Wild Side : Popping the cork
Amid the usual blizzard of sales promotion, the holiday season has hit like a red-tail on a rabbit, and the Wild Side is warily eyeing the upcoming wave of joviality. But it's not Champagne that's on my mind today, it's pond water.
In Oak Bluffs, this has been a banner season for pond water. As an article in the October 22 issue of The M.V. Times recounted, an old culvert under Sea View Avenue was re-opened, enhancing the existing, tenuous connection between Farm Pond and Nantucket Sound. And a week later, The Times ran an article by Charles Shabica describing the removal of "cobbles and large boulders" clogging the culvert that connects Sunset Lake to Oak Bluffs Harbor. Now, that's the kind of cork-popping the Wild Side really appreciates.
In each case, the culvert was cleared to improve water quality in a beleaguered pond. Low points in heavily developed basins, Farm Pond and Sunset Lake both receive effluent from numerous septic systems, as well as surface runoff carrying everything from lawn fertilizer to dog poop to those oddly colored fluids that drip out of people's cars. Both ponds support unnaturally high numbers of waterfowl, which defecate enthusiastically in and around the water. And like every other body of water in our region, both ponds receive an artificially elevated "background" dose of nitrogen, arriving in the form of acid rain.
The contents of these ponds, then, comprises a mix of salt and fresh water plus a leavening of bacteria, toxins, and, especially, nutrients that stimulate algae growth. All the Island's salt ponds are similarly afflicted, to some degree; this is what civilization does to water. But Farm Pond and Sunset Lake, small and surrounded by development, get it worse than most.
In Farm Pond, the healthier of the two, something like a viable ecosystem persists. Eelgrass can be found in the pond's deeper portion, softshell clams are plentiful in bottom sediments (though currently unharvestable due to water quality), and recent surveys have documented a surprising variety of fish and invertebrates here. But Sunset Lake is, for all practical purposes, dead. A shrewd gull may glean the odd quahog. But the pond lacks the resources to sustain much animal life, and in recent summers, floating gobbets of algae have rendered Sunset Lake downright repulsive.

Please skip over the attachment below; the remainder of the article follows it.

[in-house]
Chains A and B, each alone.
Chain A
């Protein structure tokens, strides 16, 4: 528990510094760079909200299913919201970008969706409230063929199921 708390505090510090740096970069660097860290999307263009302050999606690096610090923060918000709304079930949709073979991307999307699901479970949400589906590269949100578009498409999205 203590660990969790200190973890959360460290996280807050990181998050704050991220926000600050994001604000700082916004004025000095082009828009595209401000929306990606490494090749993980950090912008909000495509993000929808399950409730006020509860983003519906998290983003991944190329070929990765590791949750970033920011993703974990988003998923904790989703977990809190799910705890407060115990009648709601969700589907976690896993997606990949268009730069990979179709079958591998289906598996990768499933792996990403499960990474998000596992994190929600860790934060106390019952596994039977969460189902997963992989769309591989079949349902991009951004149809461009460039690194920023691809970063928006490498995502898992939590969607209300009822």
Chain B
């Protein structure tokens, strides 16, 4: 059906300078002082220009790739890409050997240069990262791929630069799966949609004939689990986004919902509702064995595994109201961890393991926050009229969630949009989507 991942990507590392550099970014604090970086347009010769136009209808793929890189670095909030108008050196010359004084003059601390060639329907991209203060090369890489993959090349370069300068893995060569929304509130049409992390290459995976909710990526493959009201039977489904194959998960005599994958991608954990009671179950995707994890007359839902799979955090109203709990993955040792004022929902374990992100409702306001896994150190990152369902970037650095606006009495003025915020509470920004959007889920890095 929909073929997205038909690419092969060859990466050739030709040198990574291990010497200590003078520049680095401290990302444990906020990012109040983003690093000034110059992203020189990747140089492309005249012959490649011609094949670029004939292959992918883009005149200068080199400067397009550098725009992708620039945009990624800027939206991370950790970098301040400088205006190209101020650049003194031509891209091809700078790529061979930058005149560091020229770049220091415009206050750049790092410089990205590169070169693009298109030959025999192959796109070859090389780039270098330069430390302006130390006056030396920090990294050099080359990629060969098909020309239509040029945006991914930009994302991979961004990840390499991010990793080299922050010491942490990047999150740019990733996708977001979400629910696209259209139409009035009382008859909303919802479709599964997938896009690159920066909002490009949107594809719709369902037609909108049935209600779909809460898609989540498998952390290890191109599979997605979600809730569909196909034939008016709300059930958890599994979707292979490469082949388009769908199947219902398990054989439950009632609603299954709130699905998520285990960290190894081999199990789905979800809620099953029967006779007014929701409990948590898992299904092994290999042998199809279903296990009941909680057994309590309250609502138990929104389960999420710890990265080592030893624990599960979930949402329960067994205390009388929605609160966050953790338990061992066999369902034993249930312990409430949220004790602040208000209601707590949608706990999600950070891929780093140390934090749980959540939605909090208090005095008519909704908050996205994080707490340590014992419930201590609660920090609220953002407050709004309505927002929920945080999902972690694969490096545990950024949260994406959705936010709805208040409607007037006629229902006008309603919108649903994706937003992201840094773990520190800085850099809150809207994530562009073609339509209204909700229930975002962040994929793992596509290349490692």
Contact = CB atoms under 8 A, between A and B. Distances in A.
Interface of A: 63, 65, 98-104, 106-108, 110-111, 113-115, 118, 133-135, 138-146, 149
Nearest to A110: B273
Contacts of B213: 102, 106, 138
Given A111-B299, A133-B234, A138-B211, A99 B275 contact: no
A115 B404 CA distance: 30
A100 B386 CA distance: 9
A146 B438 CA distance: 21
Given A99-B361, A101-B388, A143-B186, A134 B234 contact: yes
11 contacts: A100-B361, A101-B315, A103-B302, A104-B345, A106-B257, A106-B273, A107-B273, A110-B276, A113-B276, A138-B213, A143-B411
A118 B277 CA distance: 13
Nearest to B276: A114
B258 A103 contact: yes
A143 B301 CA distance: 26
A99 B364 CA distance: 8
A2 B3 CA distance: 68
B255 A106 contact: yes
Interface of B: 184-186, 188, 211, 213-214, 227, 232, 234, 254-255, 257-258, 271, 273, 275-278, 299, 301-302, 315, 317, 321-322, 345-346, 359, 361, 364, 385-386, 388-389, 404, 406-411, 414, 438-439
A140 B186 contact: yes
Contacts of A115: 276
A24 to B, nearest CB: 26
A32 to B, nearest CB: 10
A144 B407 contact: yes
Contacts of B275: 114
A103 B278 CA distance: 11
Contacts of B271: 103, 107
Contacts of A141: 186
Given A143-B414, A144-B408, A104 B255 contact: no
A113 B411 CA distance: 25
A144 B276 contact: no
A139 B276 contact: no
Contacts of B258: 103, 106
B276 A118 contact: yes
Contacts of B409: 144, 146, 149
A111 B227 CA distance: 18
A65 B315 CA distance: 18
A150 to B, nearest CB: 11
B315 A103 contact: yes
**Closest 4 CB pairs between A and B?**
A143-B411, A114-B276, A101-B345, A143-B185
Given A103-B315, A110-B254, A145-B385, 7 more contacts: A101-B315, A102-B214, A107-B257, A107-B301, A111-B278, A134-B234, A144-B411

One solution, at least a partial one, is to move more seawater in and out of the ponds, diluting and removing nutrients and other undesirable chemicals by flushing them into the ocean. While not infinite, the ocean is vast enough to swallow a pond's worth of pollutants with little effect. But clearing the culverts has effects that go beyond better flushing. A narrow connection muffles the effect of the ocean's tidal cycle; within the pond, tides lag in both timing and height. The opened culverts should broaden tidal ranges in the pond.
In the case of the two Oak Bluffs pond, this may prove to be a mixed blessing. During storm surges, greater tidal effects may translate into increased flood risk to nearby properties. (The boulders removed from the Sunset Lake culvert hardly walked there on their own, and I suspect they were an informal retrofit to keep the pond within its shoreline during major storms.) But as natural systems, salt ponds actually thrive on periodic flooding, which brings nutrients and new populations of plants and animals onto the pond's marshy fringes.
While a vital management tool, enhanced flushing is not a panacea for Vineyard salt ponds, which derive their ecological value largely from the variable salinity that results from alternating openings and closures to the sea. As we increase our reliance on flushing to solve our pollution problems, our ponds will begin to lose their essential brackish character, effectively changing from salt ponds into ocean inlets and losing biodiversity in the process. But for Farm Pond and Sunset Lake, popping the cork was badly needed emergency care.
Oak Bluffs's capable shellfish warden, Dave Grunden, has made a personal crusade out of improving the health of Farm Pond, heading up a broad community coalition in getting the permits needed to open the old culvert. And Professor Shabica, with town assistance, deserves credit for unplugging Sunset Lake. Vision and determination can produce concrete action to mend the health of Island waters.
But improving circulation addresses the symptoms, not the causes, of pond degradation, and it does so at the cost of altering the essential nature of these delicate natural systems. Ultimately, aggressive action is needed to keep excess nutrients and bacteria out of our ponds in the first place, by means such as zoning, denitrifying septic systems, sewering, restricting fertilizer use, and managing local waterfowl populations. When the Island has committed to measures like that, the Wild Side will be willing to break out the Champagne.